End of free TV licences to cost Stroud older people £1.1million a year.
New research shows that changes to TV licenses will affect more than 7,670 people in Stroud, costing them more than £1.1 million combined
Research from the Labour Party shows that changes to free TV licences to over-75s will cost pensioners in Stroud over a million pounds a year combined – money which will go straight to the Treasury’s coffers.
David Drew, MP for Stroud, is concerned about the impact this could have on vulnerable elderly people.
“If these plans go ahead, people over the age of 75 in our community will pay a combined total of over a million pounds a year.
“Free TV licences are an important tool in the battle against loneliness and social isolation. Sadly four in ten older people say the television is their main source of company.
This comes as the BBC’s consultation on the future of free TV Licences for over-75s closes tomorrow, Tuesday 12 February. Millions of older people across the country could lose their TV licence in 2020 despite the Conservatives’ 2017 Manifesto promise to protect free TV licences until 2022.
As part of the last BBC Charter, the Government devolved responsibility for the free TV licence policy, and the cost, to the BBC.
New research by the Labour Party shows the total combined cost for older people in this area of each of the BBC’s scenarios for the future of the TV licence concession.
If free TV licences are scrapped completely, this will cost over-75s in Stroud a combined total of £1,154, 335 a year
If the age threshold is raised to 80, local over-75s will pay a combined total £442,470 a year.
If free TV licences are linked to Pension Credit, altogether our oldest citizens will pay a total of £960,190 a year.
By outsourcing responsibility for paying for free TV licences, this Government will be saving £745 million across the UK in 2021/22. This is in addition to the £220 million the Government will be saving that same year through changes to pension credit. This money, nearly a billion pounds, is coming directly out of the pockets of pensioners.
The prospect of elderly people losing their free TV licences makes a mockery of Theresa May’s claim that austerity is over. The Government should take responsibility and save TV licences for the elderly.
David Drew MP for Stroud said:
“This Government has broken its manifesto promise to keep free TV licences until 2022, and now millions of elderly people are facing losing their free TV licences.
“This is yet another Tory policy that punishes pensioners. Through scrapping free TV licences and changing pension credit alone, this Government would offload almost a billion pounds of costs onto our oldest citizens in a single year.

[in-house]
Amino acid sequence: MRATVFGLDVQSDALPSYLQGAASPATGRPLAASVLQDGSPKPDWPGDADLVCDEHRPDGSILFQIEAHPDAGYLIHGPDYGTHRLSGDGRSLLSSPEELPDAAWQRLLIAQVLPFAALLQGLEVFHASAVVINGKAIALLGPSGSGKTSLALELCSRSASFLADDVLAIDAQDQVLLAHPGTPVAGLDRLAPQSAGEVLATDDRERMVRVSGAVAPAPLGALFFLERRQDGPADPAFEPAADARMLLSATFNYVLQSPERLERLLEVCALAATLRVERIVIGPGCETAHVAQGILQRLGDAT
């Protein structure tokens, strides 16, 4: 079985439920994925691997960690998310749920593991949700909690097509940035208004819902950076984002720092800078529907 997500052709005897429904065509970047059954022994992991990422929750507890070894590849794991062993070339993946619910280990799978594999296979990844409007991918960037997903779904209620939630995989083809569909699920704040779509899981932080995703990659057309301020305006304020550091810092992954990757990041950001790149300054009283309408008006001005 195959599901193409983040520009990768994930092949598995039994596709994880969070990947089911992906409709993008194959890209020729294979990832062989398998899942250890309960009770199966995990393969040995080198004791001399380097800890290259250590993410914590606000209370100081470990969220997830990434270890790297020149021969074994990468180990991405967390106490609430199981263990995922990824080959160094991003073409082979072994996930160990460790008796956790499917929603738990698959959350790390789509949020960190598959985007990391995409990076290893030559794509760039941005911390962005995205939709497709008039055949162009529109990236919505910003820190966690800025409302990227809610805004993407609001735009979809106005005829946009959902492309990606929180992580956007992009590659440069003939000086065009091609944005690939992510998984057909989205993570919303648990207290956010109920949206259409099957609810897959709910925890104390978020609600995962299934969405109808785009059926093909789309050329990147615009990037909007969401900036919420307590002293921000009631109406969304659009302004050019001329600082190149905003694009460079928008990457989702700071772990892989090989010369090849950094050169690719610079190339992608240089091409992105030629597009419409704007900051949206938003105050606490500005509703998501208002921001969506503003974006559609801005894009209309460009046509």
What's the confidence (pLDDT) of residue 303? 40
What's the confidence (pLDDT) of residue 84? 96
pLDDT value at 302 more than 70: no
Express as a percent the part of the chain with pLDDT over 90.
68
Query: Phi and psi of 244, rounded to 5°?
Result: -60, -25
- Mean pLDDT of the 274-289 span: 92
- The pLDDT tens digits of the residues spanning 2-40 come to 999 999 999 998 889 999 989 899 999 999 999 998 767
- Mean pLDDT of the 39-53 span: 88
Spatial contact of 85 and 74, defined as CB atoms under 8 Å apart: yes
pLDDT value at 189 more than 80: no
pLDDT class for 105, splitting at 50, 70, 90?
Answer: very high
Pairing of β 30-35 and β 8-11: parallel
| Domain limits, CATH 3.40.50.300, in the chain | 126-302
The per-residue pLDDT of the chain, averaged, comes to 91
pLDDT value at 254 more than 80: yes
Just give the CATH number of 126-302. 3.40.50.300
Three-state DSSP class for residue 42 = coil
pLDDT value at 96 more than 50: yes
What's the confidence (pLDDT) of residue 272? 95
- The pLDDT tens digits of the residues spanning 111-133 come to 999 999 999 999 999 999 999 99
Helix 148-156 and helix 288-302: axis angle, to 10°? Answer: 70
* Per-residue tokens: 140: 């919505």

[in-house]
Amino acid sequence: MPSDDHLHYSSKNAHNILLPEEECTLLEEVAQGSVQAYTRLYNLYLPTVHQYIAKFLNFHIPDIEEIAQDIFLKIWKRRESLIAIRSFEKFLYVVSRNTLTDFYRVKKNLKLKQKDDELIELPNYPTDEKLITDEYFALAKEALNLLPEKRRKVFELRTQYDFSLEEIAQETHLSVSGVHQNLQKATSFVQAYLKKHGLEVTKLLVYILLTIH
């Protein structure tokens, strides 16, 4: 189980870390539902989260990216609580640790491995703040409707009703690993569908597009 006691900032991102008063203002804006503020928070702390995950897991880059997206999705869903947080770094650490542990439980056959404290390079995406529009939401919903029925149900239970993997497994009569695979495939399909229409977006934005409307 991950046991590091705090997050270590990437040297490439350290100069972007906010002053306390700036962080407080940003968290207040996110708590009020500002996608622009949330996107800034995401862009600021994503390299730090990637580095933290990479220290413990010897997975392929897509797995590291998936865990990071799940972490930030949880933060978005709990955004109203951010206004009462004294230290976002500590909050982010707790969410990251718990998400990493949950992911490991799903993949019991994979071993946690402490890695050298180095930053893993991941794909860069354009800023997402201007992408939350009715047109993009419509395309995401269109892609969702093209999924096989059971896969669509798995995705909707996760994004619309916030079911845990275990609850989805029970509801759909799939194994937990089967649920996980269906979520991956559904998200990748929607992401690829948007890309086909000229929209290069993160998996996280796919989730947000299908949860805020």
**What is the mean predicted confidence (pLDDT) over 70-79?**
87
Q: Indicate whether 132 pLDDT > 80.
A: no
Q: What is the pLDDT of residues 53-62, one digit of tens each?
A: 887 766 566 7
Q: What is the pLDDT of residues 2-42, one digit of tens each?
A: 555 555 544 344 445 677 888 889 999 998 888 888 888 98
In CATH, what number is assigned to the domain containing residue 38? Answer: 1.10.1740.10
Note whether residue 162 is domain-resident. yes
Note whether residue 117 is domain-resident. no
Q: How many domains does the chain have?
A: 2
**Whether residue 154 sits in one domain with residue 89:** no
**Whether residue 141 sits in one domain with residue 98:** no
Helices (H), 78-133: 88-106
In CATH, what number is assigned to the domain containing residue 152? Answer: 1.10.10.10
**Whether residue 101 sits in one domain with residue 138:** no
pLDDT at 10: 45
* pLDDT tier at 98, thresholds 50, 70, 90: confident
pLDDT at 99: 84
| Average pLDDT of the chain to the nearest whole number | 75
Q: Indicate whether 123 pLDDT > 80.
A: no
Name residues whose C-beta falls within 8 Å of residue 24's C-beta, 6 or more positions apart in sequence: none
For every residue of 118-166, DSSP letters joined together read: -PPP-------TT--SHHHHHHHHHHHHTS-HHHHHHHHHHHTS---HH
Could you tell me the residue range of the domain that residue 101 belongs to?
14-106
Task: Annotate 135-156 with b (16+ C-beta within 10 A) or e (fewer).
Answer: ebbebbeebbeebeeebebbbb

“This Tory Government is picking pensioners’ pockets. Labour is calling on the Government to urgently reconsider and save free TV licences for over-75s.”
The BBC’s consultation on the future of TV licence concession will be closing tomorrow, 12 February 2019: https://www.bbc.com/yoursay/consultation.pdf
Currently a free TV licence is available to all households that have at least one person aged over 75. Free TV licences for over-75s were introduced in 2000 by the Labour Government.
The 2017 Conservative Manifesto promised to “maintain all other pensioner benefits, including free bus passes, eye tests, prescriptions and TV licences, for the duration of this Parliament”.
However, the Government had already outsourced this social policy by shifting the cost of these licences to the BBC in its 2015 Royal Charter.
From 2018/19 onwards, responsibility for the policy and funding of licence fee concessions will move over to the BBC, who will be singularly responsible from June 2020.
The BBC can decide what to do with the benefit from 2020 and they are consulting on a number of options including scrapping the free TV licence concession altogether, raising the eligible age to 80 and means testing it, for example by linking it to pension credit.
Labour opposed this move at the time, and throughout the passage of the Digital Economy Act.
The cost of the free licences is expected to reach £745m by 2021/22. Changes to pension credit for mixed age couples will save the Treasury £220m in the same year.
Free TV licences are an important benefit for older people who suffer disproportionately from loneliness and social isolation. The Campaign to End Loneliness found that 40% of older people say their television is their main source of company.
Age UK has found that over two million over-75s would have to go without TV or cut back on essentials such as heating or eating if the concession is scrapped, and the change would push 50,000 pensioners below the poverty line.
1.6 million over-75s with a disability, many of whom have serious mobility issues and may not be easily able to leave their homes, could lose their TV licence if the benefit is scrapped altogether.